Students in the Florida Information Technology Career (FITC) Alliance of Florida Agricultural and Mechanical University (FAMU) understand the definition of community support.
The students, who are all majoring in computer information systems (CIS) at FAMU, provide mentoring and outreach initiatives to area high school and middle school students, thanks to a grant provided by the Florida Board of Governors to FAMU and Florida State University (FSU).
Sharmini Pitter, Ph.D., FAMU’s FITC Alliance project coordinator, said the program, which was implemented in June 2014, was primarily established to help recruit, retain, and employ the next generation of Florida’s technology workforce.
“We not only want to have students come to Florida for college, but we also want them to go on to have careers here in the state,” Pitter said.
She referenced a large gap in the number of CIS graduates currently produced in Florida in relation to the vast number of careers and opportunities that are opening up.
“A lot of us grow up being told that becoming a lawyer, doctor, or engineer is the way to go to have a career that is successful. However, with the number of technology jobs that are opening up, we’re trying to steer students who are interested in math and science courses to consider technology as a possible career,” Pitter said.
As a part of the program’s regular activities, members of the alliance regularly visit various community colleges and universities to speak with potential students who may be interested in attending FAMU to major in CIS-related fields.
Arlisha McQueen, student ambassador coordinator for the program, said about 15 to 25 students majoring in computer science, computer information technology, computer information systems, and computer engineering receive paid job opportunities each semester as members of the program. Students who desire to obtain a position are required to participate in an interview session during the application process. During the interview all applicants must demonstrate a sincere desire to become members of the FITC team.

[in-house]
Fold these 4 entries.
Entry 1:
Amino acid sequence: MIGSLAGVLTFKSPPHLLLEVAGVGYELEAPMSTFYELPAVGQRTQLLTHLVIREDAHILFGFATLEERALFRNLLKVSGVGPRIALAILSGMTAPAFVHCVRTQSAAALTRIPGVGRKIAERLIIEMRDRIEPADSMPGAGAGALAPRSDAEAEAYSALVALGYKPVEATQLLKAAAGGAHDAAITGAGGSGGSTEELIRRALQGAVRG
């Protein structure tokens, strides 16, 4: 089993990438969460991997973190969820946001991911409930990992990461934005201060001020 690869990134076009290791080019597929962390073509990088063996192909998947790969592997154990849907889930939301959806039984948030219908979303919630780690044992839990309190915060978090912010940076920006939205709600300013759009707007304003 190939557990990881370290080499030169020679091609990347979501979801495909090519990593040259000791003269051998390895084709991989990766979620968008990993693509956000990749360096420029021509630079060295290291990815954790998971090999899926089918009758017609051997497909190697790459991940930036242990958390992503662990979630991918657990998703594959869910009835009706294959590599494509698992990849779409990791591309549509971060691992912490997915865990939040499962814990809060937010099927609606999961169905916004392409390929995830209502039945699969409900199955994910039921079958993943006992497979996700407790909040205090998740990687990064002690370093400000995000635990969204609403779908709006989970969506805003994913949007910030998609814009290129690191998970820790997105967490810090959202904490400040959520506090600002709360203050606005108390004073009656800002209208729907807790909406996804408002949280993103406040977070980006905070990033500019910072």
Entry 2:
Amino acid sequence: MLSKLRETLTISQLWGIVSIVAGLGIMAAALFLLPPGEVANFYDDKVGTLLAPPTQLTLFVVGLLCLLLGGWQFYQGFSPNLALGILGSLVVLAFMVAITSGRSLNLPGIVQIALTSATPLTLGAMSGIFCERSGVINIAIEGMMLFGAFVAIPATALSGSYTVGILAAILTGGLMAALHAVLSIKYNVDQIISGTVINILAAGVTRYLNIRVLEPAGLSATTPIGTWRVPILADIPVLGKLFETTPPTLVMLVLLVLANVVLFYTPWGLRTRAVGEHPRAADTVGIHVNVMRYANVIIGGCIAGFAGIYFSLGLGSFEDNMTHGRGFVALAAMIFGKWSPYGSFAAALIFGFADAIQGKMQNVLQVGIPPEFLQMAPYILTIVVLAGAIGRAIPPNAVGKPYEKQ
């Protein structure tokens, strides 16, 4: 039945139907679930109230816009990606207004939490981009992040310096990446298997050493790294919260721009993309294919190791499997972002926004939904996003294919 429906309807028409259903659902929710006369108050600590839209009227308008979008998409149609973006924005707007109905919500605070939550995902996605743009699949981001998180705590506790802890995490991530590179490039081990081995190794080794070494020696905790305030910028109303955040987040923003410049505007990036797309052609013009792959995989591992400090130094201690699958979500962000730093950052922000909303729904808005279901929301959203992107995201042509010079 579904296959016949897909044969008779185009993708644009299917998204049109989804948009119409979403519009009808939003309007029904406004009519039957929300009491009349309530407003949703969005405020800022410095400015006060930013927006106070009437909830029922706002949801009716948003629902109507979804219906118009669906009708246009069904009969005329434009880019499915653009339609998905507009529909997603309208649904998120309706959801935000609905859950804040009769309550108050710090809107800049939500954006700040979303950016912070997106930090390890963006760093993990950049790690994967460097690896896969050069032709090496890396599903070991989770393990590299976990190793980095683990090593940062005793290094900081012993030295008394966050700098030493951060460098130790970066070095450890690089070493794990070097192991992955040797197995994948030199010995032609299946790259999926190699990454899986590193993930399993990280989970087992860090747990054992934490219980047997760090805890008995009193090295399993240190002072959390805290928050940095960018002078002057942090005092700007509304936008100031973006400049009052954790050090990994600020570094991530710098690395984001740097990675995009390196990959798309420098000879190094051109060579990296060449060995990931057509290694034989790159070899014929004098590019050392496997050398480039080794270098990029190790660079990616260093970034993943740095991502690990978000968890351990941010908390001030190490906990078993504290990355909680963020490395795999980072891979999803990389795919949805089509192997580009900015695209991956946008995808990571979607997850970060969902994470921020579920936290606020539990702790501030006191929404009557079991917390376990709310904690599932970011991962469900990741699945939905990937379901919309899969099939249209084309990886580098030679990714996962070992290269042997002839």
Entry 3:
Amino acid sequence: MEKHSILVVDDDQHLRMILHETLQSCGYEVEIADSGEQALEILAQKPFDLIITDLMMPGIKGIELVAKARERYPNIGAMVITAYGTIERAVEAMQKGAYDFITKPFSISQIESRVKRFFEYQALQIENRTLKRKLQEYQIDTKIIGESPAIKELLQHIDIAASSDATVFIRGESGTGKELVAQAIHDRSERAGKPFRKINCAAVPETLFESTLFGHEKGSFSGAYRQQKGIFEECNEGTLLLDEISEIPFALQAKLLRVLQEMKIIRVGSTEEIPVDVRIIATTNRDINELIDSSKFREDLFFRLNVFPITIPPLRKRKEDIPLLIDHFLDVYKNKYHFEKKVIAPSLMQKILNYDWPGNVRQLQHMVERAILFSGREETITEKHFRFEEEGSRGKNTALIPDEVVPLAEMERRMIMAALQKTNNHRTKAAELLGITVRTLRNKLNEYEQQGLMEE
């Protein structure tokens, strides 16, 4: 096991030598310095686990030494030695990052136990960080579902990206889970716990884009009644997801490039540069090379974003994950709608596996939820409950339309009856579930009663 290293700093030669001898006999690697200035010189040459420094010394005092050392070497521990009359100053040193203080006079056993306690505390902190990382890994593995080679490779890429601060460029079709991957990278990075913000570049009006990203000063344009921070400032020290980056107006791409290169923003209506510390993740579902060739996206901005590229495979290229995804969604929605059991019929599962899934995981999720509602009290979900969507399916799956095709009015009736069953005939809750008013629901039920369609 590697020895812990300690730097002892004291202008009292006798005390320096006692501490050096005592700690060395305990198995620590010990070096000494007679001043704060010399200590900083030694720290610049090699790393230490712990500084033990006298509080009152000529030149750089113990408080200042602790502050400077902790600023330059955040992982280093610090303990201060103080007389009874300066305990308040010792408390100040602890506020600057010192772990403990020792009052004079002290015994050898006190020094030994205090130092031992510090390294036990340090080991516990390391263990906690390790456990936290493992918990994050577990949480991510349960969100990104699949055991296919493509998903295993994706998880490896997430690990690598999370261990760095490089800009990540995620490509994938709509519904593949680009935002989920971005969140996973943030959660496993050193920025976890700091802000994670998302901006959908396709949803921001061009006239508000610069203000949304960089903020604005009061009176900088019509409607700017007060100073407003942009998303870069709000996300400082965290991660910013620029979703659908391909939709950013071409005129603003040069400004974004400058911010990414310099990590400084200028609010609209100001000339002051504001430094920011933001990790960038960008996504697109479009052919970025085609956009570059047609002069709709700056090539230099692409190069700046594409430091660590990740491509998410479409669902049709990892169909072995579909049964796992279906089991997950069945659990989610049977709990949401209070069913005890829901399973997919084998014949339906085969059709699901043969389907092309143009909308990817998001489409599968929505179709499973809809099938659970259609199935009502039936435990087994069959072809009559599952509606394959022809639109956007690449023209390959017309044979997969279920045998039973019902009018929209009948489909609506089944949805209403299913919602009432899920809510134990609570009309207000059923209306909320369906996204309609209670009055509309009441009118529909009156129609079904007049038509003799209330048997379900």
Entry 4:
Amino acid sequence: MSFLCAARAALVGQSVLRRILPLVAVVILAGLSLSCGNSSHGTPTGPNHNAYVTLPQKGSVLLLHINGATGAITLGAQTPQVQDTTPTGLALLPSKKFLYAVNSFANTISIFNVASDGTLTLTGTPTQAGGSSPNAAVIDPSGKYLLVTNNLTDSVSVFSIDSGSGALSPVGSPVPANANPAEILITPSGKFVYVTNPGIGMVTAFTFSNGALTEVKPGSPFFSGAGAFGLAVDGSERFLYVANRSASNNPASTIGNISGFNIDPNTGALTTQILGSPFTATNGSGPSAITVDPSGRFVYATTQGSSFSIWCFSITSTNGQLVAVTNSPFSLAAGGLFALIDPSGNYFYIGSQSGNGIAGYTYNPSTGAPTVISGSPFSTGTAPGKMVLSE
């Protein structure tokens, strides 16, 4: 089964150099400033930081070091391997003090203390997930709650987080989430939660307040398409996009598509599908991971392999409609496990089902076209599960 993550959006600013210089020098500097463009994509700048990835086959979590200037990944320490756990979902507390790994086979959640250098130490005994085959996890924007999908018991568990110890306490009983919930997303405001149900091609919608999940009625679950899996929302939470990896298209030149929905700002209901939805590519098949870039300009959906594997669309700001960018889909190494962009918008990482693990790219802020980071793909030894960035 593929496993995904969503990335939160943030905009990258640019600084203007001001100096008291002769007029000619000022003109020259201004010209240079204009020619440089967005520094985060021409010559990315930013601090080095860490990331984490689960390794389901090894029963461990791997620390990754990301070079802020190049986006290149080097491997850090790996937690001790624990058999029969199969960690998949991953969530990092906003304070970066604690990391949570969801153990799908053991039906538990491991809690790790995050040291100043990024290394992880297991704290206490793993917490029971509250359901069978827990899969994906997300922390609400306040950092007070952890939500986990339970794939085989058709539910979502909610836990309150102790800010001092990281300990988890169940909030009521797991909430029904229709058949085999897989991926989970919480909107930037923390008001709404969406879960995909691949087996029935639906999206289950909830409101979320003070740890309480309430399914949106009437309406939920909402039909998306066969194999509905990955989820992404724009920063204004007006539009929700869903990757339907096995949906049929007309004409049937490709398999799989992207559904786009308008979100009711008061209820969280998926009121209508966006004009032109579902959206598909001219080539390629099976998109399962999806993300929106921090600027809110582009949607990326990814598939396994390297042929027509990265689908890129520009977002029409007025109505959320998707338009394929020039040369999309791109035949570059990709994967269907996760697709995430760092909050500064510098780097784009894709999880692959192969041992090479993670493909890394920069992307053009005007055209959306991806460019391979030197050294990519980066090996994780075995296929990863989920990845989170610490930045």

“We take them through a series of questions referencing why they believe this is something they should actually do. We believe it has to be something that they are passionate about in order to help other students consider a CIS field as a major,” McQueen said.
Alexis Caldwell, a senior computer science major from Chicago, Ill., said she enjoys having an opportunity to reach out to high school students.
“A lot of them don’t know a lot about the field, so the most enjoyable part is seeing them actually get interested in technology and considering it as a career,” Caldwell said. “It’s important to get more people interested because technology is everywhere and practically everything we use depends on technology,” she added.
In addition to providing support to students, teachers, and schools in the community, Pitter said witnessing the growth and development of students participating in the program is one of her most rewarding experiences.
“In some cases they start out very timid and in a short amount of time you see them begin to open up and getting used to talking to students. They become more passionate about what they are doing and it makes them feel that their work is important,” Pitter said.
McQueen added that the program has received national exposure through organizations, such as the National Urban League where students of the FITC Alliance had an opportunity to attend and give presentations during the National Youth Leadership Summit in Fort Lauderdale, Fla., last summer.
Since the time the program was implemented, FAMU’s CIS program has experienced an increase in enrolled students, particularly in the technology area according to Pitter.
“We’re coming in at about 200 percent of what was projected for us to be able to do,” she said. “The Ambassador Program has been a huge success and that is something we’ve taken and talked to people about throughout the state.”
Both McQueen and Pitter said receiving positive feedback from the various companies that are partnering with the program proves one of the highlights of their jobs.
“We do get feedback from the industry partners that we are producing very strong applicants and that they are very knowledgeable, very skillful, and do well with internships and jobs,” Pitter said. So when our current students and alumni are doing well in those jobs, they bring other people back here to recruit more FAMU students, and that has been very successful,” she added.